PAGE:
Chris Hemsworth echoes these thoughts. "The sets, the costumes, the hair, the makeup -- all of it was about making it look more realistic. Not having them so much like gods that they were unrelatable. There's a human quality to them all, which is wonderful."

Partridge and her design team set about extensive research prior to designing the costumes, which started with the comic books and moved on to the mythology that is behind the comic book characters. "There is solid mythology behind every one of the characters, and I think that's one of the things that became really intriguing and a favorite part of my research," says Partridge. "The Thor mythology, which is based on Norse mythology, is based on Celtic mythology, so I started right back with the earliest Celtic historical information that I could find, so around 3000 years ago," continues the costume designer. "Considering our Thor gods are 3-4000 years old, that felt like a great place to start. I got entrenched in the art of that period, which is called Liten and that's what we based a great deal of our aesthetic on in this film. There are these circular motifs that are part of that ancient artwork and they show up in a way in the Kirby comic books."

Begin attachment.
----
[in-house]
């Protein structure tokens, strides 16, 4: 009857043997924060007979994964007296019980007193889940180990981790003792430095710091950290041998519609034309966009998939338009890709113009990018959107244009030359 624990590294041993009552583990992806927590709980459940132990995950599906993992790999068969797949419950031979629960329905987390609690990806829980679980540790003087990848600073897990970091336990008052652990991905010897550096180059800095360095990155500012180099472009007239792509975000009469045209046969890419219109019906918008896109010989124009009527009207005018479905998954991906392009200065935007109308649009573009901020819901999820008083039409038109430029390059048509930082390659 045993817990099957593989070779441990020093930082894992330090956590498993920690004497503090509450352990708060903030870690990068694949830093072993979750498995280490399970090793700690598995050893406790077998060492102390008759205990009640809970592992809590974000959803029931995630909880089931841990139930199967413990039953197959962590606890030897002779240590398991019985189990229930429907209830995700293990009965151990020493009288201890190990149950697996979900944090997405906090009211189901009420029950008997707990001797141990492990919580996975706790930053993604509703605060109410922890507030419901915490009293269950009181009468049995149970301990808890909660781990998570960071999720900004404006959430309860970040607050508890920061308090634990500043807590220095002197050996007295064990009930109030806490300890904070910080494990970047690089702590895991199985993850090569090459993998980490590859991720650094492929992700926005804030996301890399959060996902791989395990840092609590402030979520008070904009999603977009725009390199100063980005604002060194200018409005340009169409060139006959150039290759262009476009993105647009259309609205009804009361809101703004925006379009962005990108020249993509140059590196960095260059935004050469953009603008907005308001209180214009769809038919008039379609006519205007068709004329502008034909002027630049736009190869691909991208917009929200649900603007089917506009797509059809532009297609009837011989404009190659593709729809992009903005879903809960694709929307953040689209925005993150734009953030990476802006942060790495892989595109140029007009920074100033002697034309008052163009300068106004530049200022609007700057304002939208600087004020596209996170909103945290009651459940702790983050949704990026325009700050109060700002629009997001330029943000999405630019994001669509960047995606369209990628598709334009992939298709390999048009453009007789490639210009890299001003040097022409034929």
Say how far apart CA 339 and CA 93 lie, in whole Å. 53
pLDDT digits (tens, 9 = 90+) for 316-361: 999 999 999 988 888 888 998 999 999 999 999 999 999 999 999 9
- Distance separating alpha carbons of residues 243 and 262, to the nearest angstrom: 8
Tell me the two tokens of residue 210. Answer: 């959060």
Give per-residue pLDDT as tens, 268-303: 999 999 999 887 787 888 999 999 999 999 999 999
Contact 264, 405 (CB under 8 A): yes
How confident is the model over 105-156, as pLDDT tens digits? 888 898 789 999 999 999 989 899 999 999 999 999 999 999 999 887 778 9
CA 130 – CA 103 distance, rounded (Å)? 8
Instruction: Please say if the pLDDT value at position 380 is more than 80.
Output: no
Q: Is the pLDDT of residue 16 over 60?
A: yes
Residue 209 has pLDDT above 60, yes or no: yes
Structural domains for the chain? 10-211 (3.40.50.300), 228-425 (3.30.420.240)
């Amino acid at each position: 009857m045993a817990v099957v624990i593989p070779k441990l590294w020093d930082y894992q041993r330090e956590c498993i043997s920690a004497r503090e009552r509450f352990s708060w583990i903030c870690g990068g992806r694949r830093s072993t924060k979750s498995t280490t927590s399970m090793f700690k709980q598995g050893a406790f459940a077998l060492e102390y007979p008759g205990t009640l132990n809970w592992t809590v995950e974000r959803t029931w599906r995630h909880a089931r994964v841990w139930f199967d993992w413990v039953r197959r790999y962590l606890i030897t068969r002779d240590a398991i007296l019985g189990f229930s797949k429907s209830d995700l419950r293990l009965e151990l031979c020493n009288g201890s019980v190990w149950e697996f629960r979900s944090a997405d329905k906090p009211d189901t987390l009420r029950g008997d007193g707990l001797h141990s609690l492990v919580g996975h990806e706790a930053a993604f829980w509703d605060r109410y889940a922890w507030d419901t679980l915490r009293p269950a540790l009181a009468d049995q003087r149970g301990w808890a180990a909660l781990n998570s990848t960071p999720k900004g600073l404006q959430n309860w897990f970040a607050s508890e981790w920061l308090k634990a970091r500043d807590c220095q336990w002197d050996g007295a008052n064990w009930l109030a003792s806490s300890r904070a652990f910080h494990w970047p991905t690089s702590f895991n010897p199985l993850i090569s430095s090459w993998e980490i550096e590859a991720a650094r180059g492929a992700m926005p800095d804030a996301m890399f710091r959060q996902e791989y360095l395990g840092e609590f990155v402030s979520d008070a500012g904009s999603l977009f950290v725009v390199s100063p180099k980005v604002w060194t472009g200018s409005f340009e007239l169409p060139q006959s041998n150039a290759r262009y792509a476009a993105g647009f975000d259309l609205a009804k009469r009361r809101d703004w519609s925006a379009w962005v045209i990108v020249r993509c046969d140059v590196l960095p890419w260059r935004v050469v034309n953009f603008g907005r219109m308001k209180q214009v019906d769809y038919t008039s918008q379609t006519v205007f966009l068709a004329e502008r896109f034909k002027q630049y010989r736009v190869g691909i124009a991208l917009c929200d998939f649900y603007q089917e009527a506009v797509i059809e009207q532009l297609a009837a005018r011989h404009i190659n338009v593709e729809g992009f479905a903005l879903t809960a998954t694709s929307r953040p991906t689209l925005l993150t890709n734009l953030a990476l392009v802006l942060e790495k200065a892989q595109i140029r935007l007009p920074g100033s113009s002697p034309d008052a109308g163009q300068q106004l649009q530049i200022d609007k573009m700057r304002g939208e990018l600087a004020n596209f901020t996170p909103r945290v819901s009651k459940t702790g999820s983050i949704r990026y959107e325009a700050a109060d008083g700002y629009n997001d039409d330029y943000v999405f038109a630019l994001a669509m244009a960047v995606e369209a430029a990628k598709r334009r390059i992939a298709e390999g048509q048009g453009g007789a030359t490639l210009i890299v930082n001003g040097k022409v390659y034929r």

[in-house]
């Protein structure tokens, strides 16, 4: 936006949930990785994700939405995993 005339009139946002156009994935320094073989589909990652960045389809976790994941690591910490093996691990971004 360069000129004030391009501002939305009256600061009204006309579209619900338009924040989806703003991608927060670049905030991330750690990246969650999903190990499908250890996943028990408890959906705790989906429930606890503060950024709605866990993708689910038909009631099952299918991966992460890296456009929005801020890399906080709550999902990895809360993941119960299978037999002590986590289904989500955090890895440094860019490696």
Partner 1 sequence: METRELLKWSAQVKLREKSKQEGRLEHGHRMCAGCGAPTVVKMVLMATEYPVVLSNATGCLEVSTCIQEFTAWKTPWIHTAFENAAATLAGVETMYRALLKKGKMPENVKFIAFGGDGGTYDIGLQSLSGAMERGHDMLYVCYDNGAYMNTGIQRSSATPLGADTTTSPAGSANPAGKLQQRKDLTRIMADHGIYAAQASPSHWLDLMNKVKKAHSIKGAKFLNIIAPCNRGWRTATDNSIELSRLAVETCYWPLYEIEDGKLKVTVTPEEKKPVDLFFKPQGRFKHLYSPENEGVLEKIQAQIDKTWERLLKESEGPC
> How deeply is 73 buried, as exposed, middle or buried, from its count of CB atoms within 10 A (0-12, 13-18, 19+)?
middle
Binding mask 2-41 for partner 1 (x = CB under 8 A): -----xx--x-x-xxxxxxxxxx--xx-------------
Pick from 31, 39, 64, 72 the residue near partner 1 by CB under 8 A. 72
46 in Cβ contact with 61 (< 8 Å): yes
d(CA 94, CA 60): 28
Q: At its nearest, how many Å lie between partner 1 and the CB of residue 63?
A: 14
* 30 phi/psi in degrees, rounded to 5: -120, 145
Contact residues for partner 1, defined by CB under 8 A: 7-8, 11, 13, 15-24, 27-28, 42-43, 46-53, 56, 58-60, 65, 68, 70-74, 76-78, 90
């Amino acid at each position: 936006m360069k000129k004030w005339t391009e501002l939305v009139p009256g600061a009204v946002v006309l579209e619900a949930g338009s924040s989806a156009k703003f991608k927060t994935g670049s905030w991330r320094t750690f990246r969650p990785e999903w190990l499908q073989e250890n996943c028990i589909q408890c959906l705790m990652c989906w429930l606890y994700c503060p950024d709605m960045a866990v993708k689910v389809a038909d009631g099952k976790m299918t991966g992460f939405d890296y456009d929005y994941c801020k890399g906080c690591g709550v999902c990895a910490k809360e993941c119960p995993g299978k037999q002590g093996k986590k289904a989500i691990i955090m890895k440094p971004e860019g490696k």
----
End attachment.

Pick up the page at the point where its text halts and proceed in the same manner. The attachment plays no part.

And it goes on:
Of the rich history of visual imagery within the comic books, she notes, "There is a lot of really beautiful imagery to pull from and you're melding these elements of history with your own take on it and evolving it. It's a wonderful challenge."

Part of that evolution resulted in the costume department developing all of their own fabrics for Asgard, which involved lots of ombre (dip dying to achieve a graduated effect), shading and aging and incorporating the Liten imagery. Wendy Partridge explains, "The designs on almost all of the fabrics we have were developed within this Liten, Celtic style and then abstracted into the prints. If you're looking at a dress that Rene Russo has, all those materials have been printed and then ombred and dyed to look like that. It's not something that you can go and buy."